The victory of passing hold-harmless legislation has members and parents asking what the next step is in addressing the problems of TNReady, confusing portfolios, discrepancies in state scores compared to ACT, and a variety of other critical Tennessee education issues. That step is electing people ready to work on solutions.
This will be a watershed election year with a chance to elect a new governor who has tremendous power to change the direction of education. More than one-third of the General Assembly seats are open, and dozens more have competitive primaries. There are friends of education in every race.
“This is a really important opportunity for us to elect a governor and legislators who will listen to teachers and parents about the issues our schools face, and work with us on how we can move forward,” said TEA President Barbara Gray. “We have done a lot of work in the past two election cycles to elect pro-public education candidates. That work has benefited us in fights like hold-harmless. Now we have the opportunity to elect a governor who will take some common sense approaches to return professional control, improve funding and prevent privatization.”
The next important date in the Tennessee election calendar is the August 2 primary, with early voting open from July 13 to July 28.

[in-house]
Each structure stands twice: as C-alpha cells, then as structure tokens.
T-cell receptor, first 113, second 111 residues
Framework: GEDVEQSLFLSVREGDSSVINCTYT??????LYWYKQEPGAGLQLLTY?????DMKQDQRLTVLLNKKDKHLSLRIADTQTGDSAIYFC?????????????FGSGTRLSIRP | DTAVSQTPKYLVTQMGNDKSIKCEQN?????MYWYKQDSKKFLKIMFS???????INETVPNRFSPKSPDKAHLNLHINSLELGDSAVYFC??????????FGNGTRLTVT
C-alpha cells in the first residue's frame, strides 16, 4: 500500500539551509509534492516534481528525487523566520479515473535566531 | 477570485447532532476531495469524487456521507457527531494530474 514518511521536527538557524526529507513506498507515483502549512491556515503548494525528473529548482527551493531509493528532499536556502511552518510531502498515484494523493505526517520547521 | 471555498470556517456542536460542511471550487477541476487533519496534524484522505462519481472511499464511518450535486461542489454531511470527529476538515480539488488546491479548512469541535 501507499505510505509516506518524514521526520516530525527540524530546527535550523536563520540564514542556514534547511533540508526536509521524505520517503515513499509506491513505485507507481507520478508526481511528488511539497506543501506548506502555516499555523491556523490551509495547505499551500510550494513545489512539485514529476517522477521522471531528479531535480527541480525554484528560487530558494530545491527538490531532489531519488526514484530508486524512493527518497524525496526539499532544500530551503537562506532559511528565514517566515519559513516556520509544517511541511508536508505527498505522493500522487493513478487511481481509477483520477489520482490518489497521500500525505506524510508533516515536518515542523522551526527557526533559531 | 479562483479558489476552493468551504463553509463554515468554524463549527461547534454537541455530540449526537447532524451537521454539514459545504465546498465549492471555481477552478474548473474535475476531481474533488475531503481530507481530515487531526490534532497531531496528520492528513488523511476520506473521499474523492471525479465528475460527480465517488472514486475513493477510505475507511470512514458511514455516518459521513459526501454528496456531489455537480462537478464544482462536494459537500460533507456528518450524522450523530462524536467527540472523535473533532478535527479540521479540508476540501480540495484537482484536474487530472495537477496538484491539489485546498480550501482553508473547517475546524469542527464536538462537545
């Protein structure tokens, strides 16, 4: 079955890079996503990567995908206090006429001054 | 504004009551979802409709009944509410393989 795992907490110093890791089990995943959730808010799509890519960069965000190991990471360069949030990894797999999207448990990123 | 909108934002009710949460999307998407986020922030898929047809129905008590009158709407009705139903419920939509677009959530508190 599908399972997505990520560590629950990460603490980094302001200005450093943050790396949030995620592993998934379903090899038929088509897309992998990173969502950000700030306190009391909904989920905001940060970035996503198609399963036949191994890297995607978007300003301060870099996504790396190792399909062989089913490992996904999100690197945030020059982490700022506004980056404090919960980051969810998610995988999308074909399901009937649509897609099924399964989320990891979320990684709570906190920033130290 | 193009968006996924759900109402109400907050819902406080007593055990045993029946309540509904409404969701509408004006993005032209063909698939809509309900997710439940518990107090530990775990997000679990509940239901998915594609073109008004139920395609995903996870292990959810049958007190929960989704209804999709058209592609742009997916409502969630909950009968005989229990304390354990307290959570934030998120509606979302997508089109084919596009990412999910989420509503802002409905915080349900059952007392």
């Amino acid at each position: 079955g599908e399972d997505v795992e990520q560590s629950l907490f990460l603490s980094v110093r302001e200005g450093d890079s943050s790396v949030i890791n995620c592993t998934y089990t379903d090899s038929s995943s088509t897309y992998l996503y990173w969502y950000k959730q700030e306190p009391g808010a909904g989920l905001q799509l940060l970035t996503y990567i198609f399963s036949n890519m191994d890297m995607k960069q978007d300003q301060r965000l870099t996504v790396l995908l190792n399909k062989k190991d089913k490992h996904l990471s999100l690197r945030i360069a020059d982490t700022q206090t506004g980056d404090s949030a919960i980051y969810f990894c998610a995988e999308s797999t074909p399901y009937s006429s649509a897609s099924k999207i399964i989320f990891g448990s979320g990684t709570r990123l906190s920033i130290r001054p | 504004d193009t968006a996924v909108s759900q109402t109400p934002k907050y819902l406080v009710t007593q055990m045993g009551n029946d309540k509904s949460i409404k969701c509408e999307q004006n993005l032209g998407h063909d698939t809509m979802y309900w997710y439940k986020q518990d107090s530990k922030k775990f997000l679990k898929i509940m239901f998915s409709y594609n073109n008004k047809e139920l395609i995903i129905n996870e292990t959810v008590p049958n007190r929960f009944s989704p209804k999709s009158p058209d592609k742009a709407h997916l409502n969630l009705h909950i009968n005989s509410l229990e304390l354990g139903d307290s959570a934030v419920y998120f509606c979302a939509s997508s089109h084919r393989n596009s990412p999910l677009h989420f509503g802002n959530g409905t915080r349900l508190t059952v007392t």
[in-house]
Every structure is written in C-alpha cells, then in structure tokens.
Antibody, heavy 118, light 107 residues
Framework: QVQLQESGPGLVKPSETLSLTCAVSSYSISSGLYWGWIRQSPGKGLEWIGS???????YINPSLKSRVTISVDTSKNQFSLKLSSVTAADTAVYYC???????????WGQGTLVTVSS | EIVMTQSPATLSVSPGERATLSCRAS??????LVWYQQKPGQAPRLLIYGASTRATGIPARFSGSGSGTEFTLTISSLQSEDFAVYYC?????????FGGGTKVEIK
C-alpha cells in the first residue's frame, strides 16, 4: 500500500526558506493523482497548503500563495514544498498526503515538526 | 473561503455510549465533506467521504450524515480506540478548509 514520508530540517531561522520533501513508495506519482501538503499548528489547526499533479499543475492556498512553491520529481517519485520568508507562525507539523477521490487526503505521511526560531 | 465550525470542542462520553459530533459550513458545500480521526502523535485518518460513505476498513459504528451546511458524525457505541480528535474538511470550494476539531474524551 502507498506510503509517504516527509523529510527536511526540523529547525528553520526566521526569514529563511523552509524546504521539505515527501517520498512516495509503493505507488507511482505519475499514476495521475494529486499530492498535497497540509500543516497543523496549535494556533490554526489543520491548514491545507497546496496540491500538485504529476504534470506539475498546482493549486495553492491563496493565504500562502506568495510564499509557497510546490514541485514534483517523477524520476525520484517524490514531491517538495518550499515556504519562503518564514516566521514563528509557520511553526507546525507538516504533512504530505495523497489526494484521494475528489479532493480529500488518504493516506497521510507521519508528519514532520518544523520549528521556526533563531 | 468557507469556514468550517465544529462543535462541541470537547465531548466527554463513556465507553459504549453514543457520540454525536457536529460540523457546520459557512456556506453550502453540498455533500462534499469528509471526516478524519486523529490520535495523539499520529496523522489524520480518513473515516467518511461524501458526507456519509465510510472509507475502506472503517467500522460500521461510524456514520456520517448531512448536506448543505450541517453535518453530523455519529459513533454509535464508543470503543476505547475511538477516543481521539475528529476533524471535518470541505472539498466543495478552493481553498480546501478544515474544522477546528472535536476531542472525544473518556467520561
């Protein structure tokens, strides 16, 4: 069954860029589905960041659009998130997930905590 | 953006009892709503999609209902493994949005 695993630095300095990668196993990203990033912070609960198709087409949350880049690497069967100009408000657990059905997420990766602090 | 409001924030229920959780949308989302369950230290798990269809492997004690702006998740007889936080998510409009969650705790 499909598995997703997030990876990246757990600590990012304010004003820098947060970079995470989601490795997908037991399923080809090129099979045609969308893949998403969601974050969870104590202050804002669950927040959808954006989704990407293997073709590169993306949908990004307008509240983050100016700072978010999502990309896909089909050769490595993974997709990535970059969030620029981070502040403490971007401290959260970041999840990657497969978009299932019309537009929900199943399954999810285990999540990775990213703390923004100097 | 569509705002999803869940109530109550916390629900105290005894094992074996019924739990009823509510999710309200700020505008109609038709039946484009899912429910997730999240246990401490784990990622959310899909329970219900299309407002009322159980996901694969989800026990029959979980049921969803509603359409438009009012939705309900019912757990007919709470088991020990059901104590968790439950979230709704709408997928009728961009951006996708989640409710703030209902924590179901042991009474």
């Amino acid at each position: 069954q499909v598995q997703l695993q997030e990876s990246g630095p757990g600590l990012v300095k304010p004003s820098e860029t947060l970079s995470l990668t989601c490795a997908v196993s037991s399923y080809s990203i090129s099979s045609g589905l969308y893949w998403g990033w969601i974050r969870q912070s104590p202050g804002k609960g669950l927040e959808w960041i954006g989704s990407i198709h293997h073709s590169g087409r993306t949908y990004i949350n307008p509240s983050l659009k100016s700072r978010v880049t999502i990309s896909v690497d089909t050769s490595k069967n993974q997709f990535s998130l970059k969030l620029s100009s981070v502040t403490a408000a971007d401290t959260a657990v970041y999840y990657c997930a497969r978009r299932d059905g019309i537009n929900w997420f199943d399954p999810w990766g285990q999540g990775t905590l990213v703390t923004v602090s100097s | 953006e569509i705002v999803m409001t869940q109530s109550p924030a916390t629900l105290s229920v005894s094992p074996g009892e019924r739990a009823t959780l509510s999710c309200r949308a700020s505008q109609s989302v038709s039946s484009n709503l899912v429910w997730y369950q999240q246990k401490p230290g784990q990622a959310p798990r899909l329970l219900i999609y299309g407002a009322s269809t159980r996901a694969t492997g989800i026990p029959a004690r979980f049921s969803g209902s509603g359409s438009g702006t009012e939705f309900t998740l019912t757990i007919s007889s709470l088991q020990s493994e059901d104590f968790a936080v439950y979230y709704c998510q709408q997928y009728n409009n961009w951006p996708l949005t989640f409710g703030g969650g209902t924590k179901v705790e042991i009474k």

“It is important to remember that for the vast majority of General Assembly seats, the primary is the general election. Whoever wins the primary will be the next senator or representative,” said TEA Assistant Exec. of Government Relations Jim Wrye. “These are often low turnout elections making the teacher voice that much more powerful. Members have done a great job turning out in these primaries, Democratic or Republican, and it has made a huge difference in the political standing of educators and public education. Now it will be a sprint to the upcoming primary. Get ready!”
TEA will be making endorsements of incumbents who have strong voting records with the association and its members, and will be sending information to local associations on candidates and their positions. There are a few local associations with political actions committees, but where they are organized, TEA Government Relations will be in constant contact about candidates and campaigns.
It is important to note that members are encouraged to participate and be active in any campaign they wish, and do not need to be a member of a local PAC.
“We’ve had such great participation by members in the past in the political process,” said Wrye. “If there is one thing I know for a fact, is that when members are engaged and active, there isn’t a candidate we can’t get across the finish line.”